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Visitors wait to enter the Museum of Natural History in Pyongyang on Sept. 28, 2016.Ed Jones—AFP/Getty Images
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Visitors wait to enter the Museum of Natural History in Pyongyang on Sept. 28, 2016.
Ed Jones—AFP/Getty Images
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Beyond the Shadows in North Korea

12:25 PM ET

Every six weeks, Agence France-Presse’s photographer Ed Jones boards a plane from Seoul to Pyongyang, making the 120-mile journey from one Korean capital to the other. He’s one of the few Western journalists allowed to enter North Korea on a regular basis. Jones is aware that such access is particularly important at a time when tensions are rising in the Korean peninsula.

“It is difficult to overstate the privilege I have in being able to travel regularly between North and South, something that it is impossible for the ordinary citizens of each country,” Jones tells TIME. “It is a constant reminder of the predicament of the Korean peninsula and the unimaginable sorrow faced by families forcibly separated by the 250 kilometers of barbed wire and landmines known as the Demilitarized Zone [DMZ].”

Since 1953, after decades of Japanese rule and a Cold War proxy fight that resulted in an armistice but no peace treaty, the Korean peninsula has been split in two, forcibly dividing a people, its culture and millions of families.

Jones’ first trip in North Korea was in 2012, at which point he covered the celebrations marking the 100th anniversary of the birth of the late North Korean leader Kim Il-Sung. AFP was just one of the many Western news organizations allowed in the country at that time. But, since September 2016 when AFP opened a bureau in North Korea, the agency has had two permanent local journalists (a photographer and video journalist) as well as regular visits from Jones, a writer and a video journalist, who make the short flight from South Korea and report for a period of 10 to 14 days at a time.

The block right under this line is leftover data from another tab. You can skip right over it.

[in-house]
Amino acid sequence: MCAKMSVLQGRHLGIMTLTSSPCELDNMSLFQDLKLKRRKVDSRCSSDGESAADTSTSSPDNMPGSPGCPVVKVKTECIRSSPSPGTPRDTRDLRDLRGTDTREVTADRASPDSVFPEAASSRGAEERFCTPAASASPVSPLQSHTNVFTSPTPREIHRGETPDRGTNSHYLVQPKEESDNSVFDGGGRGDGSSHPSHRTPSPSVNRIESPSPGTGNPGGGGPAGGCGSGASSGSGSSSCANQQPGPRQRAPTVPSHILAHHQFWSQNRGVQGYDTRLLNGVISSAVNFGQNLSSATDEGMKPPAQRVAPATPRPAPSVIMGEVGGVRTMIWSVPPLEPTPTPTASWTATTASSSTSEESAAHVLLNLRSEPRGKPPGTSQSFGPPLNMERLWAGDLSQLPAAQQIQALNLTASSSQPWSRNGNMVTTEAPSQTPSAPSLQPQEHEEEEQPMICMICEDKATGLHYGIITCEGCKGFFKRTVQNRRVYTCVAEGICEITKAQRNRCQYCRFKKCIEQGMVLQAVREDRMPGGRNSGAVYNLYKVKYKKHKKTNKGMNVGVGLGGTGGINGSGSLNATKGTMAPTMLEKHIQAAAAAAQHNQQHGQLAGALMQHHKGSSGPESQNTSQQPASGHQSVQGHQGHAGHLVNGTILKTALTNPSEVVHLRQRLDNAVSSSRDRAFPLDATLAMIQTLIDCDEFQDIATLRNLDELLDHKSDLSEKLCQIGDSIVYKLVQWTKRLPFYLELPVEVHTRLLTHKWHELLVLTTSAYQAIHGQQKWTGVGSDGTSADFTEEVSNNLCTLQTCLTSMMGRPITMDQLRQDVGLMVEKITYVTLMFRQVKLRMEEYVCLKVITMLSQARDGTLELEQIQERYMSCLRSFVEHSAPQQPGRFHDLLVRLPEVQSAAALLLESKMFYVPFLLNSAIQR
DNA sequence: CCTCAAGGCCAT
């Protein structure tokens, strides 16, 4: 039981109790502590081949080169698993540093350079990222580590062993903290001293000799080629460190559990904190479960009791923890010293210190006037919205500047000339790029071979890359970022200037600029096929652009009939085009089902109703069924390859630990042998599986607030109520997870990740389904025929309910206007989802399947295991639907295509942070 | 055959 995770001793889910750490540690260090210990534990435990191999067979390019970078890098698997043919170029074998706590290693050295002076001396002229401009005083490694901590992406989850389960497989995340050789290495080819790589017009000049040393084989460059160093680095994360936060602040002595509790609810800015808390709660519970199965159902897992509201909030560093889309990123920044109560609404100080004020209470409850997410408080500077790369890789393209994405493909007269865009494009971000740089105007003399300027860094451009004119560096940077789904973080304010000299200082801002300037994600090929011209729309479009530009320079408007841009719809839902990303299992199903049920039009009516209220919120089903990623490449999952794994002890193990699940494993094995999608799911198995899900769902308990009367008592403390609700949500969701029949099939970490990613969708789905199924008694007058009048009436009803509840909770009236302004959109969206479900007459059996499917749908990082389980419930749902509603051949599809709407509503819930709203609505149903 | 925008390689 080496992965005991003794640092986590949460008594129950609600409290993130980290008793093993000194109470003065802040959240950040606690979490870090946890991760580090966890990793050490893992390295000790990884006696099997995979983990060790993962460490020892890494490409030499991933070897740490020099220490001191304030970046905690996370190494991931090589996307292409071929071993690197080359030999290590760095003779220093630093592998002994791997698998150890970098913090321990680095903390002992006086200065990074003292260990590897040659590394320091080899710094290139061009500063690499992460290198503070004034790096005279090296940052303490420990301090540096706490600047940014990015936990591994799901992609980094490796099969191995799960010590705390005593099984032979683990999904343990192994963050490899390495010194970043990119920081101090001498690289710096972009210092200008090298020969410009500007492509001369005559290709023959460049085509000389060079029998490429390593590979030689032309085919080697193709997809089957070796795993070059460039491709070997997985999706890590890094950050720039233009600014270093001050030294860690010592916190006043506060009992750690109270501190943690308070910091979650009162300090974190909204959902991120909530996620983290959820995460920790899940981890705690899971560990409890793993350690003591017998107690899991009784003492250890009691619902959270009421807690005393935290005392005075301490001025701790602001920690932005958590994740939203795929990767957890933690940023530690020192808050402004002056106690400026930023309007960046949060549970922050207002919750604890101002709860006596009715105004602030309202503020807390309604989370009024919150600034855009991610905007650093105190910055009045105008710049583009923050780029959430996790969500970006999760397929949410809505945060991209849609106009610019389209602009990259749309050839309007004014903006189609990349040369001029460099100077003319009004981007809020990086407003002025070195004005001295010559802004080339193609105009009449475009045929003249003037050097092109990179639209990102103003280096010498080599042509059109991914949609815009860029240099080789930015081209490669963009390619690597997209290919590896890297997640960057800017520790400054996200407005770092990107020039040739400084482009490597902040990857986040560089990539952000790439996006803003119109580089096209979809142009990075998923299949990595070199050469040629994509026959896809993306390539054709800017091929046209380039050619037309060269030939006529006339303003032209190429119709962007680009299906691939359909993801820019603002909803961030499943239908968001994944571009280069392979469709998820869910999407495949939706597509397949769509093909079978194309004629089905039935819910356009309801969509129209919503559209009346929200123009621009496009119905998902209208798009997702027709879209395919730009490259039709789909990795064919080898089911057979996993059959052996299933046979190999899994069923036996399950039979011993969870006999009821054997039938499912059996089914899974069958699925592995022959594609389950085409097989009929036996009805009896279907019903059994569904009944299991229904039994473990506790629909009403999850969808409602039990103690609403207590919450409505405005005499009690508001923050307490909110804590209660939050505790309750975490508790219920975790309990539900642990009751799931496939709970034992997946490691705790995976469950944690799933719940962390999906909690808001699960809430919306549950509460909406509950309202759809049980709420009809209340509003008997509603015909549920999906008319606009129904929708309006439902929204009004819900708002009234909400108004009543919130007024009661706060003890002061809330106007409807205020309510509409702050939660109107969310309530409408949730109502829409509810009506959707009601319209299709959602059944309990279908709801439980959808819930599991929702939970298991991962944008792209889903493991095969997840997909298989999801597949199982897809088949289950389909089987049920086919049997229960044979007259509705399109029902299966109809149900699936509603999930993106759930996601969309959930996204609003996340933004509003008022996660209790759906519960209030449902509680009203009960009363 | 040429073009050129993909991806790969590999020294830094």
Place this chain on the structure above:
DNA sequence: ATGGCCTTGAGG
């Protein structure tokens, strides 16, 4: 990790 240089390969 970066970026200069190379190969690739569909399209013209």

Jones’ movements remained tightly controlled when he’s in the isolated country, but, he tells TIME, “we are gradually learning what is and is not possible in terms of putting forward coverage proposals.” He adds: “North Korean policy is never easy to interpret, and the opening has been very gradual, with Japan's Kyodo, the Associated Press and AFP joining Chinese and Russian media already present in Pyongyang.”

Despite the restrictions, Jones applies the same journalistic principles to his North Korean work that he would rely on in any other country. “I need to interpret what I see or what is presented to me in a way that is impartial and unbiased, but I must also know when to document those things for what they are,” he says. “My abilities as a photographer and journalist will always be a work-in-progress and I think the same can be said of my approach, in that there is a need to constantly learn and adapt.”

Of course, his documentation of the reclusive country will never be complete, he says. “If there are any photographs that come to mind," he says, musing on the pictures that are as yet beyond his reach, "they are the ones that I cannot take — for the children, parents, sisters and brothers, on both sides, so that they might be able to see each other again.”

Ed Jones is Agence France-Presse's chief photographer for North and South Korea, based in Seoul. Follow him on Instagram @edjonesafp.

Myles Little, who edited this photo essay, is a senior photo editor at TIME.

Olivier Laurent is the editor of TIME LightBox. Follow him on Twitter and Instagram @olivierclaurent

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